More than a year after the European Commission recommendation, Italy has decided to halt its golden visa program for citizens from Russia and Belarus. Over a year ago the European Commission urged EU member nations to suspend their investor visa initiatives in response Russia’s invasion of Ukraine.
The rationale behind this advisory was linked to concerns that individuals “subject to sanctions or significantly supporting the war in Ukraine” might exploit these programs to gain EU citizenship or privileged access to the Schengen area’s free movement.
Now more than ever, in the face of war, we must do everything to ensure that Russians and Belarusians under sanctions and those supporting Putin’s war of aggression cannot buy their way into the EU.Ylva Johansson, EU Commissioner for Home Affairs
The investor visa programs, often colloquially referred to as ‘golden visas,’ provide individuals with the opportunity to acquire residency permits through avenues such as property investment, substantial capital injections, or charitable contributions. For EU member states, this also opens doors to the privileges of residency within the bloc, including the coveted freedom of movement across member nations.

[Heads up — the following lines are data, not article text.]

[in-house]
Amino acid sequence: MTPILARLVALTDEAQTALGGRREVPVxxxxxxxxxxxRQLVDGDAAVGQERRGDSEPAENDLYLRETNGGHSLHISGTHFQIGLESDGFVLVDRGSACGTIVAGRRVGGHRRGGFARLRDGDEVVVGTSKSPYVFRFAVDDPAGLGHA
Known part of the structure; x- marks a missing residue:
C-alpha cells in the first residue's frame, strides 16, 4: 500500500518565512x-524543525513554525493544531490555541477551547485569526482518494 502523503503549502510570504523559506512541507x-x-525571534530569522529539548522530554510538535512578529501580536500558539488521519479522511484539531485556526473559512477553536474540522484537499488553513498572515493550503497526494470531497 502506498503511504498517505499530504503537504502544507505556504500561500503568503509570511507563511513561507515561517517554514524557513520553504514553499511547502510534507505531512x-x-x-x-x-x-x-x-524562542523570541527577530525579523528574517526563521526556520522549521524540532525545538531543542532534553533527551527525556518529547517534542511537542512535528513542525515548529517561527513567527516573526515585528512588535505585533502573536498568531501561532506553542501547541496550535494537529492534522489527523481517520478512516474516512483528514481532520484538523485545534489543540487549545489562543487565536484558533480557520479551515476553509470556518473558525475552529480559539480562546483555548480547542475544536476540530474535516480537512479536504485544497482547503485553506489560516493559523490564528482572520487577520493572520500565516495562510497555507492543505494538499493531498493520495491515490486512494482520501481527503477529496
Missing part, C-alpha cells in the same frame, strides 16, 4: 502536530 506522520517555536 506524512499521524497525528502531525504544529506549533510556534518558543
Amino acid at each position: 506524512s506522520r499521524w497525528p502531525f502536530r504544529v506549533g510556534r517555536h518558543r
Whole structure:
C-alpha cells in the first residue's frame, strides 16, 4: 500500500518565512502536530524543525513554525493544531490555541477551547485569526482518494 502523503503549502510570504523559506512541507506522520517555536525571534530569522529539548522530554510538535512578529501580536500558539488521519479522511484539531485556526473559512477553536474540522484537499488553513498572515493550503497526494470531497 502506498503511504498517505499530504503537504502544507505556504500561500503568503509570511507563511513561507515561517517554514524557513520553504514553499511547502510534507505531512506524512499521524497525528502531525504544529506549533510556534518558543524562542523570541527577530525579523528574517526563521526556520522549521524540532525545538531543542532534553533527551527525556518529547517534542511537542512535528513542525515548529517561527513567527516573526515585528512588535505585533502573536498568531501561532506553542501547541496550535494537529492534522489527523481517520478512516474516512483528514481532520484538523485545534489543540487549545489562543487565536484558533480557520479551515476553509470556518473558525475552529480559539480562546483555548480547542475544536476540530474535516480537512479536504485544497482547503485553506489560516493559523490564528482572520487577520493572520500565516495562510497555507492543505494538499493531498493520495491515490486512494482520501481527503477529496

Under Italy’s program, eligible candidates could gain a two-year residency permit, extendable up to three years, by making various investments. These encompassed a €2 million investment in Italian government bonds, a €500,000 investment in an Italian limited company, a €250,000 investment in an Italian innovative startup, or a €1 million donation towards philanthropic efforts in Italy. After a decade, individuals could even become eligible for citizenship.
In 2022, the Italian government issued 32 two-year “investor” visas to Russian applicants out of a total of 36 applications. This count notably surpassed the combined total for investors from non-EU countries, including the UK, the US, and 23 others.
Italy’s move to suspend its golden visa program places it among the few remaining EU countries to still have such schemes in operation. The European Commission has expressed concerns about the potential security risks, lack of transparency, and compatibility with EU values associated with these programs. This stance has prompted several member states, like Ireland and Portugal, to dismantle their own residence-by-investment and golden visa initiatives.